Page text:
In sales, Mobius also relies on the national pride of Kenyans. The Kenyan population is enthusiastic about the “Made in Kenya” car. The German sales manager Markus Schröder reported on the enthusiasm of the Kenyans when he is seen on the road with one of the prototypes. People ask him enthusiastically: “Oh, made in Kenya? I like your car. “
The name and logo of Mobius are based on the so-called Möbius strip. This is an infinite loop that was studied and described in greater detail by the German mathematician Möbius in the 19th century. At Mobius Motors it describes robustness, durability and longevity. These properties should also apply to the vehicles.
Mobius’ focus on Kenya as its main target market seems well chosen. Deloitte sees Kenya as well positioned due to a well-educated middle class, a progressive business environment and good regional market access . The country could develop into an East African automotive center.
The Kenyan government actively supports Mobius. From 2021, it will no longer be possible to import used vehicles into Kenya that are more than three years old, according to Reuters . In addition, local automakers are to be completely exempt from import duties and consumption taxes and their corporate tax rate is to be reduced by half. These measures are part of the government’s “Buy Kenya, Build Kenya” strategy .
design of new mobius II cars from africa mlc properties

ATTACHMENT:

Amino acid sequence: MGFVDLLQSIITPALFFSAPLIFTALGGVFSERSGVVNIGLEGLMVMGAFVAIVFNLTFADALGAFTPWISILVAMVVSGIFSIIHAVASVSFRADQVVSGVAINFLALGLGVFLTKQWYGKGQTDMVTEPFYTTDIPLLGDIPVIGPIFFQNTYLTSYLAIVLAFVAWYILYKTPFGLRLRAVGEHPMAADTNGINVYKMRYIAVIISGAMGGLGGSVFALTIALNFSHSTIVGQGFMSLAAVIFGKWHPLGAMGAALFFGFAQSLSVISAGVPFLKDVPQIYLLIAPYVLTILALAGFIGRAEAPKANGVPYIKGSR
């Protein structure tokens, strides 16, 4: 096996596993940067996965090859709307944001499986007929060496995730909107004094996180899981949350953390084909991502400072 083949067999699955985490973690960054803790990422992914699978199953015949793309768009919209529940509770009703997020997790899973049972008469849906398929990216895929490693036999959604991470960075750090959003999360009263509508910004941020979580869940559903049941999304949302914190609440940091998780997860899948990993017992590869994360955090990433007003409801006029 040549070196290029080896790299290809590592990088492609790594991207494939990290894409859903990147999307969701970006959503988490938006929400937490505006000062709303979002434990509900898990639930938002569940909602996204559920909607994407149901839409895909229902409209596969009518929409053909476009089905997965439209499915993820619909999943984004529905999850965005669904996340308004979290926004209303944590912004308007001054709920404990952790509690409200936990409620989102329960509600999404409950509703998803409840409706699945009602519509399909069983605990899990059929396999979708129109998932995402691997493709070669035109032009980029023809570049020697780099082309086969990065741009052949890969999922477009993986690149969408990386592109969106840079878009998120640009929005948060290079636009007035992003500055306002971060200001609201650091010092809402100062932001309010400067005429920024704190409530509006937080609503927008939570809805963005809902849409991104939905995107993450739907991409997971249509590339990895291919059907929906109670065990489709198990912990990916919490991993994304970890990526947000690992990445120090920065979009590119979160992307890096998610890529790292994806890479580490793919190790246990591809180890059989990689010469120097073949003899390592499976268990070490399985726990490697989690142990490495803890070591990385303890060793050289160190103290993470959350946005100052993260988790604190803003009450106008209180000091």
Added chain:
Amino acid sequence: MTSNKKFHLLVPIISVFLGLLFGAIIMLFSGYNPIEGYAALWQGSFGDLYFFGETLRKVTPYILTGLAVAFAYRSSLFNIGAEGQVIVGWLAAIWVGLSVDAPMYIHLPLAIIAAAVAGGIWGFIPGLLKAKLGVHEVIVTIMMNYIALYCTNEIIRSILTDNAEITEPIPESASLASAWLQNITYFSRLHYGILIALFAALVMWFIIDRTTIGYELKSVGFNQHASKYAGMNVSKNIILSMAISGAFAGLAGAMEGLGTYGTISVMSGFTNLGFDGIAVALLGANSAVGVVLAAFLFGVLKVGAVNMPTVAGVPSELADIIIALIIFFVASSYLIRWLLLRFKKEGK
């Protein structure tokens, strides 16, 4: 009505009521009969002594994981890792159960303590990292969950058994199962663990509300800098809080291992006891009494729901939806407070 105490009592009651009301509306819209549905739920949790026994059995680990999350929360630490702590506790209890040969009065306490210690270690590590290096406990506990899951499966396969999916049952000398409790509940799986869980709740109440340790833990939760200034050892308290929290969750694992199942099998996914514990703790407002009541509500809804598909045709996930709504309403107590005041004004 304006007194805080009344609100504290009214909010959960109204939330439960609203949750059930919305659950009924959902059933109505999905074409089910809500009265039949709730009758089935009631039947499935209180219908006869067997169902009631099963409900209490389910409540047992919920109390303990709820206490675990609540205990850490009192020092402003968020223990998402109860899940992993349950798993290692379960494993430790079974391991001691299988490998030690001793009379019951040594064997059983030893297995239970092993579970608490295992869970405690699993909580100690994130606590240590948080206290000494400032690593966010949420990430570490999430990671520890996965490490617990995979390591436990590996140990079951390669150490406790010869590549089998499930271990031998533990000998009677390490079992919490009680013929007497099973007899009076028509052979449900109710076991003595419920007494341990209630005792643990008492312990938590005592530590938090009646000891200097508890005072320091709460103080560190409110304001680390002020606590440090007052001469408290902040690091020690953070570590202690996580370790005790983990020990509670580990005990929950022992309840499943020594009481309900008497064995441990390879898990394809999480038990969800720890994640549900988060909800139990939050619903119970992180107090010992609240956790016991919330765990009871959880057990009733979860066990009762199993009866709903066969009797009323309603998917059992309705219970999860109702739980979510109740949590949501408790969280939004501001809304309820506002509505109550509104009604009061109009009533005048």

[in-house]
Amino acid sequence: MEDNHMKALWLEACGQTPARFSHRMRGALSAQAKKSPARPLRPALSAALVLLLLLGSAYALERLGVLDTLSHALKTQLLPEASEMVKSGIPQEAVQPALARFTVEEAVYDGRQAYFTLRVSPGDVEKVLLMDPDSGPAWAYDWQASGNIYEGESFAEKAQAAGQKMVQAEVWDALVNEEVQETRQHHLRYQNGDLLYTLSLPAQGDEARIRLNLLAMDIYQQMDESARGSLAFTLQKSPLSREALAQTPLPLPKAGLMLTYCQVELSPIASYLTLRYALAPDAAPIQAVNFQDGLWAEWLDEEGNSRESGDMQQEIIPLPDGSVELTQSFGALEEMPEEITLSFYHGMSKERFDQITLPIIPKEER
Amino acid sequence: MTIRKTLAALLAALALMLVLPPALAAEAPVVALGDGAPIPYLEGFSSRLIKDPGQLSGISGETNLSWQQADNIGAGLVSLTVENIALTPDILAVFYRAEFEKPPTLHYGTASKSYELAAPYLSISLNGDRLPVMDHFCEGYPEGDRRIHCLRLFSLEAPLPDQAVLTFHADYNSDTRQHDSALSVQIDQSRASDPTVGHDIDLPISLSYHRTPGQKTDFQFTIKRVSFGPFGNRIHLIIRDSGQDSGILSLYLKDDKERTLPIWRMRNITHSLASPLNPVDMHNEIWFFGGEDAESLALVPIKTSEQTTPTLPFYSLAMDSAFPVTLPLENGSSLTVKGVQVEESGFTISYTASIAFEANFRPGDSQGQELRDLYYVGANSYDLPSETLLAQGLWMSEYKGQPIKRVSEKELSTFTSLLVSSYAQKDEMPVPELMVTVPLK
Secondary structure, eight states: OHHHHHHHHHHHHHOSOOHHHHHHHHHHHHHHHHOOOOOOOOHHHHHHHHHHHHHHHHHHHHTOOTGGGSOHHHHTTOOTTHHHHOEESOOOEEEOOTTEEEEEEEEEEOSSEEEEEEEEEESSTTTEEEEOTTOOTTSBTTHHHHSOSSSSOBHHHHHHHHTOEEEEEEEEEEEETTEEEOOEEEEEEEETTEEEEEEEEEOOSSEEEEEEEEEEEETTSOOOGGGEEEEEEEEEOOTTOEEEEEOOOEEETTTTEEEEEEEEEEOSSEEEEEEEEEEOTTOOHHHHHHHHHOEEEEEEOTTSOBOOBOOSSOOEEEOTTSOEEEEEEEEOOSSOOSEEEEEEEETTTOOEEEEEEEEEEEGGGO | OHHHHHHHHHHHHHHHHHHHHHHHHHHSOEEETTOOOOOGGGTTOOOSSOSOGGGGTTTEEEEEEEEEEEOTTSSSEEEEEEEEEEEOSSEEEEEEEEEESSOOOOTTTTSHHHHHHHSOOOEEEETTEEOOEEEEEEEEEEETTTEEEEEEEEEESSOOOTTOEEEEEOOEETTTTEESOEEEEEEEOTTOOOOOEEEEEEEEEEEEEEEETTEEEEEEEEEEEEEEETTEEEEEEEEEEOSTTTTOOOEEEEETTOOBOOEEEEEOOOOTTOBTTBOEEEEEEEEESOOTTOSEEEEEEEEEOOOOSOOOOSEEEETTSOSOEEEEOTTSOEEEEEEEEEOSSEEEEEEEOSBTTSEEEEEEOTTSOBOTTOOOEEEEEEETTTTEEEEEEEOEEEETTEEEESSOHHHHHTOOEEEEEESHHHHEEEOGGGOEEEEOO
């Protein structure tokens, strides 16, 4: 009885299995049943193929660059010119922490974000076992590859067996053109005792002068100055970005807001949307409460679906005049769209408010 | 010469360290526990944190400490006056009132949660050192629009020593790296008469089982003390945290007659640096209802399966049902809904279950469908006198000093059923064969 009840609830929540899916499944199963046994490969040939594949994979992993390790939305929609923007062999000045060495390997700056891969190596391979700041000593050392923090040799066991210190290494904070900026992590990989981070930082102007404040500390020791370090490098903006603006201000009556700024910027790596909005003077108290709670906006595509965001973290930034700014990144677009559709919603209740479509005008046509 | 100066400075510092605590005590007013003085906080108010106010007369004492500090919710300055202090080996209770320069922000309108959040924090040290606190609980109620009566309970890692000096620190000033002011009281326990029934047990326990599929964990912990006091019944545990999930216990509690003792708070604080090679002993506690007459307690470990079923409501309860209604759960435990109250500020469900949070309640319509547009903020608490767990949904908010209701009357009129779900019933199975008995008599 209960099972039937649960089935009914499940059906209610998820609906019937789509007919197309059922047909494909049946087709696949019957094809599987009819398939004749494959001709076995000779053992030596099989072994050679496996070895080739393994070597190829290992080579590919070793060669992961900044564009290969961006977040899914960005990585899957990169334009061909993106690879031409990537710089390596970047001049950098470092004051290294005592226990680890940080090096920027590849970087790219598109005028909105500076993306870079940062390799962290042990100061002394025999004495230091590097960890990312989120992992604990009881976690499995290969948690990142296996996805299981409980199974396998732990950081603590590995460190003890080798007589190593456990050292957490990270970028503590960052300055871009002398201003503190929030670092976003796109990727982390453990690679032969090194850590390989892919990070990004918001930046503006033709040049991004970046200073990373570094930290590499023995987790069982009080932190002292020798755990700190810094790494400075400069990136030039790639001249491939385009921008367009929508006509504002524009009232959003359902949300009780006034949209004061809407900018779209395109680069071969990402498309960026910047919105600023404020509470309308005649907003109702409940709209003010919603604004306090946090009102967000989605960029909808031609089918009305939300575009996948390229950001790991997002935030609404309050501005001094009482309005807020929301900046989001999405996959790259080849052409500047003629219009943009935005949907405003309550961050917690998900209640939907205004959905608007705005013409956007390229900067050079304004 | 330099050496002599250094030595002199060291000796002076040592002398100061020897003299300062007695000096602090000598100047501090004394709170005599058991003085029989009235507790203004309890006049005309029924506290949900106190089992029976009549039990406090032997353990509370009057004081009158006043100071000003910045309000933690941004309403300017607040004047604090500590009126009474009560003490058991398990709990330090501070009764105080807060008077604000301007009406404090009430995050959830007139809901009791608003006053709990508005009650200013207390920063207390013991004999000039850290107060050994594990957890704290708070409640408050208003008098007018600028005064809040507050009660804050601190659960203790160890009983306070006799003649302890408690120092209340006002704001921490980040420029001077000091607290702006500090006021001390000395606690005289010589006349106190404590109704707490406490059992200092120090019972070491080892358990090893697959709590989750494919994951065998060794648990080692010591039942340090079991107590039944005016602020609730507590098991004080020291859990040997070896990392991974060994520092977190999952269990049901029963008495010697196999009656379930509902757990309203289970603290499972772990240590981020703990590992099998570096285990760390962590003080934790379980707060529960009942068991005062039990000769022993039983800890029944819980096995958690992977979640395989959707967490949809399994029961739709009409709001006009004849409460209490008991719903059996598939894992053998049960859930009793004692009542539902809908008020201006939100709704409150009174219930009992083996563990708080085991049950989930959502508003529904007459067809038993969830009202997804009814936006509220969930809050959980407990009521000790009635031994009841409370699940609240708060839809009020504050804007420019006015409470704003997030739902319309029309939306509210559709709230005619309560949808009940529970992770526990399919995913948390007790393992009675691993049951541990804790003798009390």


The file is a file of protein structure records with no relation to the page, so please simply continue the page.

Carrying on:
Design of the new Mobius II, © Mobius Motors Ltd.
mobius II prototype 2014 car from kenya mlc properties
Construction of the Mobius II prototype from 2014, © Mobius Motors Ltd.
Kiira from Uganda – state-initiated auto industry
Kiira Motors Co. Ltd. is a company founded in 2014 in Uganda, East Africa, with headquarters in the capital Kampala . The company is 96% state-owned and 4% owned by Makerere University of Kampala.
EMERGING FROM A STUDENT DESIGN PROJECT
The company’s origins go back to a design project by students at Makerere University. In 2011 this resulted in the development of the first prototype, the Kiira EV , a small, cost-optimized electric car with two seats. A government initiative then led to the establishment of Kiira Motors Co. Ltd. in 2014. Other prototypes were the Kiira EV SMACK , the first hybrid car designed and built in Africa. A prototype of the Kayoola Solar Bus electric bus also followed .
MODERN PRODUCTION FACILITY
Kiira has started building a modern production facility in the Jinja district near the Ugandan capital Kampala. The plant will initially focus on the production of the Kayoola EVS electric bus . The capacity is initially given as 5,000 vehicles per year.
Here, Kiira is cooperating with the Chinese original equipment manufacturer (OEM) CHTC Motor Co. Ltd. , which is owned by the Chinese state. The company already operates several factories. The Kiira plant is also available for production by other automotive groups; Talks with the Indian car company Tata were held.
FOCUS ON OWN INNOVATION AND LOCAL SUPPLIERS
Kiira emphasizes that not only imported vehicle parts will be assembled in the new plant . The company is also interested in knowledge transfer and continues to work on developing its own vehicles. In addition, Kiira’s CEO Paul Isaac Musasizi would like to continuously expand the cooperation with local suppliers . For example, the local purchase of batteries, filters, seats, paintwork, body parts and marketing come into consideration. In addition, steel, lithium and copper from Uganda as well as banana fiber seats are to be processed.
Kiira’s flagship is the Kiira EVS (the “beast”), which so far only exists as a prototype. It’s a high-end hybrid vehicle priced at $ 25,000 to $ 35,000 each. Production does not take place in series, but on an order basis.
The Ugandan government has given Kiira a loan of USD 40 million. It also supports the Ugandan automobile project on another level: For example, it has decided to ban imports of used cars that are more than 15 years old.